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Naplate to meet with EPA on buried storage tank

The EPA requested a meeting this week with Naplate officials to talk about a buried storage tank left at an abandoned auto repair garage, commonly known as the Santucci property on the 1700 block of Ottawa Avenue.

The storage tank's removal is the final step needed to resolve Naplate's now 8-year-old issue.

Santucci property history
In late 2010, the village began receiving complaints about the garage, abandoned and vacant for more than 10 years. The roof was sagging and by the end of July 2011, former Naplate Fire Chief Dave Parrott had the building declared a safety hazard.

The board conducted two public hearings and Michael Santucci, the building's owner, appeared at the first one, agreeing to begin necessary repairs. That was the last time the village had any contact from him and the repairs were never started.

Naplate's ordinance allowed the village to fine Santucci $250 per day until he either brought the building back into a safe condition or had it demolished at his expense. Santucci did not comply and by February 2012, he owed $54,000 in fines.

Village attorney Paul Martin said at the time a court order had re-assessed Santucci's fine to about $27,000. The village was hoping to win $20,000 for demolition costs and out-of-pocket legal expenses during foreclosure proceedings.

Neither the fines nor demolition costs have ever been recovered from Santucci.

The tank was discovered after the village paid for the building's demolition in October/November 2011 at a cost of $9,830 plus an additional $1,350 for asbestos and abatement expenses.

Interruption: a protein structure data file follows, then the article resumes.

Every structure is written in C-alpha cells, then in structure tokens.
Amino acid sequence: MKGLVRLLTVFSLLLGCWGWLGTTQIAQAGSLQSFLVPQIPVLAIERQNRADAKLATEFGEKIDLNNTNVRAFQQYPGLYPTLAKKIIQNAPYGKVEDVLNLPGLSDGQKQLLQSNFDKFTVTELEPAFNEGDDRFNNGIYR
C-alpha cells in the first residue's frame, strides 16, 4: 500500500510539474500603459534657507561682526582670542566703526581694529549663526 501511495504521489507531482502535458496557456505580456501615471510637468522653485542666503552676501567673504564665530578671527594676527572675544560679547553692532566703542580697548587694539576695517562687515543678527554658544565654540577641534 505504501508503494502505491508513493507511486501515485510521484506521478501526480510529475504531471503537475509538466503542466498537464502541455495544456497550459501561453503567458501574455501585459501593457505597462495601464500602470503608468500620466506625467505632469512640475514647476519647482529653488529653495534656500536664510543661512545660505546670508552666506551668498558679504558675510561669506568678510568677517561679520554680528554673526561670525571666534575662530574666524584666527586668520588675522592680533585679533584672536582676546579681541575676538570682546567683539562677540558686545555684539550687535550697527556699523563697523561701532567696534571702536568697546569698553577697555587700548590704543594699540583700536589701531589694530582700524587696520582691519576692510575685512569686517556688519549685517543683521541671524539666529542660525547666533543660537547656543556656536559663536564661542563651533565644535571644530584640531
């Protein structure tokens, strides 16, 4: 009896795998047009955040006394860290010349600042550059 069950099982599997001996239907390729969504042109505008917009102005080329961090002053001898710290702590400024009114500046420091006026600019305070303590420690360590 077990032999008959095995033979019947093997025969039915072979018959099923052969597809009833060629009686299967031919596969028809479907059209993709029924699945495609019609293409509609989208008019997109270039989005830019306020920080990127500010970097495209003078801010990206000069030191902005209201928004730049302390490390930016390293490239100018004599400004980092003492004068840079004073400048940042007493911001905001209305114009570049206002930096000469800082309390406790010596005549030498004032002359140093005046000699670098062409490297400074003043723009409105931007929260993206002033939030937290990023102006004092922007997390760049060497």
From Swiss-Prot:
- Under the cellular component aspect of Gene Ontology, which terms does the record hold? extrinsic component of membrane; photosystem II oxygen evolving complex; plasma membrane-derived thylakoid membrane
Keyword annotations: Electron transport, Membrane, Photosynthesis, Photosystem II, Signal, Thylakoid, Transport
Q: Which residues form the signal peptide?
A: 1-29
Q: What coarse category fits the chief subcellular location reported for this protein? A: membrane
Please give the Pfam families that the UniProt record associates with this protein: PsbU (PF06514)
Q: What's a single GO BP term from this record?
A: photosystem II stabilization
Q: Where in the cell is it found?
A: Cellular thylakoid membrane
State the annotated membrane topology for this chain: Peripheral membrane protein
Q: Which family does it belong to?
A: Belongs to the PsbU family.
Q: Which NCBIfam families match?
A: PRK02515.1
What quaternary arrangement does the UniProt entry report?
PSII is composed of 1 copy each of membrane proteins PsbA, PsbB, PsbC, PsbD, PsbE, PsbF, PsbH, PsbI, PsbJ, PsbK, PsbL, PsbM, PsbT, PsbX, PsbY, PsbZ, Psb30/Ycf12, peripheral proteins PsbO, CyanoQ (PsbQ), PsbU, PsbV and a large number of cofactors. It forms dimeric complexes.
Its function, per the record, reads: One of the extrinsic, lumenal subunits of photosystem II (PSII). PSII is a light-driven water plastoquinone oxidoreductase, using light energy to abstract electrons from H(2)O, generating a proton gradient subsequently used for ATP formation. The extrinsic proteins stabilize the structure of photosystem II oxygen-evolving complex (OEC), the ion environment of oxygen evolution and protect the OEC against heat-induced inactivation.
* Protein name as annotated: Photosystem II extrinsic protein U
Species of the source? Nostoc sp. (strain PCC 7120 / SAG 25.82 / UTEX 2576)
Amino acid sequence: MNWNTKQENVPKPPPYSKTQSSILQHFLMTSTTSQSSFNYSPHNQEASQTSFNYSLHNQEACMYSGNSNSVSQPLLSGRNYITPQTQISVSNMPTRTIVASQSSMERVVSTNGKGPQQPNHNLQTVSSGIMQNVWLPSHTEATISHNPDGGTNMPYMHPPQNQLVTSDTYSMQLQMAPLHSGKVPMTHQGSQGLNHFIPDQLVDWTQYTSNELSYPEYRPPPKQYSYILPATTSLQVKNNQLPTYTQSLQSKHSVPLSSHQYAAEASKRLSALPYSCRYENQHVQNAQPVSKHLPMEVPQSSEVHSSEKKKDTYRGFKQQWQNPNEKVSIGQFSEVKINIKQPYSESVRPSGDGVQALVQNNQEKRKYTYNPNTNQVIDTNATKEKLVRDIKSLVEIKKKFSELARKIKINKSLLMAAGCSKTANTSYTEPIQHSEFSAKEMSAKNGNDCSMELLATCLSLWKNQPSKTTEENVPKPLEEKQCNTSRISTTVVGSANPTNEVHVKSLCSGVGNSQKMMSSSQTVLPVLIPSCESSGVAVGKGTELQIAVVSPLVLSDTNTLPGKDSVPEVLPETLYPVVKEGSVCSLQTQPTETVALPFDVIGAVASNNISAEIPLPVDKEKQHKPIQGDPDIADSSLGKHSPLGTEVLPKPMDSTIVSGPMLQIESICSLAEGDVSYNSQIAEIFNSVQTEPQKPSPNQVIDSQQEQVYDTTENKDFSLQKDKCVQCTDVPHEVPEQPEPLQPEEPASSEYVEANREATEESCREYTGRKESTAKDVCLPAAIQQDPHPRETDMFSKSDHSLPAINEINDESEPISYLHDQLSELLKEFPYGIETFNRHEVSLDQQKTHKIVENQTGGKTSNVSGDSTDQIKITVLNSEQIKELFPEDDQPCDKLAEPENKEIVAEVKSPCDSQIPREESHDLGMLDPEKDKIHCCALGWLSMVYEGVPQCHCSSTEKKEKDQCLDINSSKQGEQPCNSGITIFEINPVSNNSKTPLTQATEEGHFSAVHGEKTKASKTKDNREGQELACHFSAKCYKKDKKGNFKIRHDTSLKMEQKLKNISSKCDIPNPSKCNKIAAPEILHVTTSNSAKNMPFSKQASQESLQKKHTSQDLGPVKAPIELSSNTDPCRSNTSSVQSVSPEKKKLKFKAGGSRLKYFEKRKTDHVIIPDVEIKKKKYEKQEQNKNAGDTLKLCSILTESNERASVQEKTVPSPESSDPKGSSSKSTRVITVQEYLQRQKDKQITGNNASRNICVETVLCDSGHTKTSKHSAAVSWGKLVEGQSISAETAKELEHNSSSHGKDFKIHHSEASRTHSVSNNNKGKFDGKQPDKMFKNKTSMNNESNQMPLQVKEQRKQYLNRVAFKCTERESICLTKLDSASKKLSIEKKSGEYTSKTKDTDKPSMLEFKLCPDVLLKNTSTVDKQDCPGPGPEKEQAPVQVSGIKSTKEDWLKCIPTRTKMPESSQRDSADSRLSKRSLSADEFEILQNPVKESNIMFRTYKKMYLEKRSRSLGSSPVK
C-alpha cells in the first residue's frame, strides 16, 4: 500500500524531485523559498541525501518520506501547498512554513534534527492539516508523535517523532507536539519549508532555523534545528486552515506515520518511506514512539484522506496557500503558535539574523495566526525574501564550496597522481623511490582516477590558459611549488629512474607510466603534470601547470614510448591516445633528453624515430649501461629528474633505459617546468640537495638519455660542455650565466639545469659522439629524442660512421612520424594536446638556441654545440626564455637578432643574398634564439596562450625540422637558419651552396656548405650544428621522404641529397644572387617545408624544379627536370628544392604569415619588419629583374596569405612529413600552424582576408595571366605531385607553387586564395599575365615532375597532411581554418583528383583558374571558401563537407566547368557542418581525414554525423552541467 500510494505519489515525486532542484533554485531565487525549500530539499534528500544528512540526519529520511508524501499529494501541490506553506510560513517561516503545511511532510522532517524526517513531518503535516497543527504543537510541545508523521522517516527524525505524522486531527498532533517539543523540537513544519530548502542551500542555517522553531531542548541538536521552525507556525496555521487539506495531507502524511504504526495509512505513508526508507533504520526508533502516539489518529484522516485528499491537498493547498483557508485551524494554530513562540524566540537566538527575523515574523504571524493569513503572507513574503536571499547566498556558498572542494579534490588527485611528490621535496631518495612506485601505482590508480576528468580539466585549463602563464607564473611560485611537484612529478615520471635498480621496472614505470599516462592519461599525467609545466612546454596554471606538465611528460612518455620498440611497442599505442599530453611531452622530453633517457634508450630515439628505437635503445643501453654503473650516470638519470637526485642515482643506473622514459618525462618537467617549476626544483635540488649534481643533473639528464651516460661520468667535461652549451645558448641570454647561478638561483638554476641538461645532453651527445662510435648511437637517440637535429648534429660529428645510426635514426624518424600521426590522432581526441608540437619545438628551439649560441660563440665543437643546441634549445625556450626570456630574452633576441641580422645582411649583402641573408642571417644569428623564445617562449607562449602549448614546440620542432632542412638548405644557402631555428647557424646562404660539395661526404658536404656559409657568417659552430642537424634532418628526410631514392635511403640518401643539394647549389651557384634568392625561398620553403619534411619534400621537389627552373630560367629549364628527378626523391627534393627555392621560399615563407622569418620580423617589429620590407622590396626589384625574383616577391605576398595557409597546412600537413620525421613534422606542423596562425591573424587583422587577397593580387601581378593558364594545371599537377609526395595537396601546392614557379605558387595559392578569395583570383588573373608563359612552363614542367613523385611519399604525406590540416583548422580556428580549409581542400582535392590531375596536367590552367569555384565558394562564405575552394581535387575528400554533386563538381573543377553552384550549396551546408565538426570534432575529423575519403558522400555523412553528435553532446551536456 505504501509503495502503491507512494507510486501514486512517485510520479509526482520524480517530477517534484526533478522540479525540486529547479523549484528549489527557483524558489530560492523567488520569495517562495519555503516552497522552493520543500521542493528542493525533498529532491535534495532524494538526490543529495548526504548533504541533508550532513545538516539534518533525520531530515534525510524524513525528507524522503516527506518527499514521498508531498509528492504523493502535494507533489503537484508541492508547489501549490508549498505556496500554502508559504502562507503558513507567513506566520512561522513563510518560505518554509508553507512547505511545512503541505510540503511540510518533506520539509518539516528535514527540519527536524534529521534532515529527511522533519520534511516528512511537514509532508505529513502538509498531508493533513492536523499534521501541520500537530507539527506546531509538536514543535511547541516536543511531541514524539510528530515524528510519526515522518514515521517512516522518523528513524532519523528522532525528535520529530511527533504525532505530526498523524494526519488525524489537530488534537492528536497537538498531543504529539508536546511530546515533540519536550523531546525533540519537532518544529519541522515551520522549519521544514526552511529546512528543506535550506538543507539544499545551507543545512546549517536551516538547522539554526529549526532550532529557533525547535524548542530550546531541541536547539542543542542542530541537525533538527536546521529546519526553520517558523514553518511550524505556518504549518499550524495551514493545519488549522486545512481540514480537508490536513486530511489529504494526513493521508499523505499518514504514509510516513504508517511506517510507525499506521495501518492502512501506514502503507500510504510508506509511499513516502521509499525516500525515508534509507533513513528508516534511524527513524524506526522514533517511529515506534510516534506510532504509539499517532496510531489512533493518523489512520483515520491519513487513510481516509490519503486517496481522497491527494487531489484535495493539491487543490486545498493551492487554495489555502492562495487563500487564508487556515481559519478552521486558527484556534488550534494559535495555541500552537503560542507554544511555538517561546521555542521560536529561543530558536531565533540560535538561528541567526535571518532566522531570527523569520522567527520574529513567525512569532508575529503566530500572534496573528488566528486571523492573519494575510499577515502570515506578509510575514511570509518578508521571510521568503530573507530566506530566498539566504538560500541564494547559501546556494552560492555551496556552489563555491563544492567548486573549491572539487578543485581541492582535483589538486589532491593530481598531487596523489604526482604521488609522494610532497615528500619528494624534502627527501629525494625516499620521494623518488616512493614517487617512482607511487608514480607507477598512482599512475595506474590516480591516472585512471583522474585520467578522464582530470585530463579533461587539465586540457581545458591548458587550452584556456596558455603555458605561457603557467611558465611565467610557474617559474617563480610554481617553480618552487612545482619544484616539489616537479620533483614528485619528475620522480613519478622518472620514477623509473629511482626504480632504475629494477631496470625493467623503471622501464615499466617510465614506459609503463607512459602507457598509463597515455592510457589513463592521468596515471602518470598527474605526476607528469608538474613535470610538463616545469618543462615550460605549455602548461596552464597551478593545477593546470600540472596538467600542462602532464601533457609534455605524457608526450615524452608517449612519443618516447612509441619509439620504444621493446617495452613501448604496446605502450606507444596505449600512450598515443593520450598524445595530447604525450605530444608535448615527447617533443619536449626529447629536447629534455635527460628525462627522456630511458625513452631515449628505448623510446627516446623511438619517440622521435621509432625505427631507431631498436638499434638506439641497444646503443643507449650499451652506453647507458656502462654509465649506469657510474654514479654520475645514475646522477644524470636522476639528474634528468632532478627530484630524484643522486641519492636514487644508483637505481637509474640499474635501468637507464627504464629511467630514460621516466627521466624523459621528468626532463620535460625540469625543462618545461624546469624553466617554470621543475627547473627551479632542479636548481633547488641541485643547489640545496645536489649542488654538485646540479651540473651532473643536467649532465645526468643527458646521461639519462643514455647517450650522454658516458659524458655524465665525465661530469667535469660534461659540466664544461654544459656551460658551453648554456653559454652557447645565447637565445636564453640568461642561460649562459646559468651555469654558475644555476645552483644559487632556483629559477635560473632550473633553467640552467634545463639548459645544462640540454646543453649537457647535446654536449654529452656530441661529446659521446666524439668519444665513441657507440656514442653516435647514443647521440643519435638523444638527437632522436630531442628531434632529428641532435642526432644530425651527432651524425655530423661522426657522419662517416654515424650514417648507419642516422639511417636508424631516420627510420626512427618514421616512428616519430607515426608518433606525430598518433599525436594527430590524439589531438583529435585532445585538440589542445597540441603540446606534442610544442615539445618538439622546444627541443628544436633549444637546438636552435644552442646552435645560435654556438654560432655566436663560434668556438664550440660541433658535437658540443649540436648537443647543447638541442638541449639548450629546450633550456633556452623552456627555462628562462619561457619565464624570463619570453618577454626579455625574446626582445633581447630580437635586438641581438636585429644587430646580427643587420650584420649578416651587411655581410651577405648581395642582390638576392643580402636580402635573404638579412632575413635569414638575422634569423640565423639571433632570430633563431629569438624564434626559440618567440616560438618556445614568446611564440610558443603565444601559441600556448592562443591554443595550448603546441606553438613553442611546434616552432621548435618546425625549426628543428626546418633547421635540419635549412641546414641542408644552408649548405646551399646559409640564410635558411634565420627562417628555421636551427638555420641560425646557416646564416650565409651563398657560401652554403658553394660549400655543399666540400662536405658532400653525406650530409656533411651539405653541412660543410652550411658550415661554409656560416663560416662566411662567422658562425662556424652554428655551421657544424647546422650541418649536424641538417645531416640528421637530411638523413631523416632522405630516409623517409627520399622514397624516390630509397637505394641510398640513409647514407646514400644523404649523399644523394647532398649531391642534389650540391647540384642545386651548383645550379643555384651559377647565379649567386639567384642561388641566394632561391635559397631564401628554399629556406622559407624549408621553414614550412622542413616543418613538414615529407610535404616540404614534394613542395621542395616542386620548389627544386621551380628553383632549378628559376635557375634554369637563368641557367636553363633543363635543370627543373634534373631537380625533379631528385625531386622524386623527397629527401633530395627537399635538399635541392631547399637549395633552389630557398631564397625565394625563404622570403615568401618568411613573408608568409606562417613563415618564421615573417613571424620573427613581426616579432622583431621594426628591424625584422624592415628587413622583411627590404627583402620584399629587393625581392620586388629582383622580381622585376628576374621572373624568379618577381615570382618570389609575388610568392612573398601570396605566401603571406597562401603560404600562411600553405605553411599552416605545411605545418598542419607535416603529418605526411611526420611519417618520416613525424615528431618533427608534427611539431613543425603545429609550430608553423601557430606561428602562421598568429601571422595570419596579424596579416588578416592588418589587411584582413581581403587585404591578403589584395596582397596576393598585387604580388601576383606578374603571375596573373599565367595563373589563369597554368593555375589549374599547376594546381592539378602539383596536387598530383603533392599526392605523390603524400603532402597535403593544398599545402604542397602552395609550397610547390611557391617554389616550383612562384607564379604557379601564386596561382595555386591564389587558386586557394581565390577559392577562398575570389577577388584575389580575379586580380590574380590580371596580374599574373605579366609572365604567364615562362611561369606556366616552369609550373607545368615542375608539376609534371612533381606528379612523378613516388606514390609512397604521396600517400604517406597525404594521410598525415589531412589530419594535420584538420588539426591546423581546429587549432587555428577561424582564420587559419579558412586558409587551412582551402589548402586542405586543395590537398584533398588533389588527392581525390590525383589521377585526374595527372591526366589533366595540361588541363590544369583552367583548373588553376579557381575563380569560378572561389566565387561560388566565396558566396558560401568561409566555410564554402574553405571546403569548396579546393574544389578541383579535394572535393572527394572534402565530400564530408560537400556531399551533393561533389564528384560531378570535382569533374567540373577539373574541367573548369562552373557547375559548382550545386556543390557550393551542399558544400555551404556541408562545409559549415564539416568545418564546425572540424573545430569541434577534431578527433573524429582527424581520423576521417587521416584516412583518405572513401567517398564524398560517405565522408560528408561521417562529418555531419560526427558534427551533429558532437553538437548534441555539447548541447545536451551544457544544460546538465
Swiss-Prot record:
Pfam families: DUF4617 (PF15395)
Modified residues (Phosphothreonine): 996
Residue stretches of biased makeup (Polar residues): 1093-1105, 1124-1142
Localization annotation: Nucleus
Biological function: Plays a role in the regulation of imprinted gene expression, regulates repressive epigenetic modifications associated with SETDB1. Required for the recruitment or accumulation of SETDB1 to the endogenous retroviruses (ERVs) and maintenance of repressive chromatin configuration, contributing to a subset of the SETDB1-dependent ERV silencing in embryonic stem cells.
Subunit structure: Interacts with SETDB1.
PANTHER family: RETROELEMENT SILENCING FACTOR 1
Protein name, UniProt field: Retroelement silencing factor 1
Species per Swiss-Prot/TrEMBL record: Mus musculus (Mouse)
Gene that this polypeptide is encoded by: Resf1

In June 2015, the decision was made to sell the excess property and at that time, it was thought to be the final step in solving the now 8-year-long problem.

The fire marshal's office and the EPA recommended Dynamic, said to be one of the most reputable companies familiar with fire and EPA underground tank removal requirements. The company said the tank's removal could be done in 30 days, if the tank was found to be free from contamination.

In October 2016, the board approved a motion to pay Dynamic Environmental, of Lake Worth, Fla., $6,000 to remove the 1,000 gallon capacity gravel-filled underground storage tank that had been buried on the property since 1992.

The company arrived to remove the tank, only to discover its equipment was not large enough for the job. Dynamic offered to come back with larger equipment but at an increased quote of $7,500 to cover the cost of their time and the fact they didn't have the correct equipment.

"We didn't think at the time that we should have to pay an additional cost because of a mistake Dynamic made," Ludwig said this week. "The environmental tests have all been good and right now we just need to get this tank removed. I'm thinking that the board will have to take some sort of legal action but for now, we just want this situation resolved."

Mooney said the board is investigating the possibility of work at the property across the street from Village Hall, 2000 Ottawa Avenue.

"The building is becoming a safety hazard and it's been an eyesore for several years."

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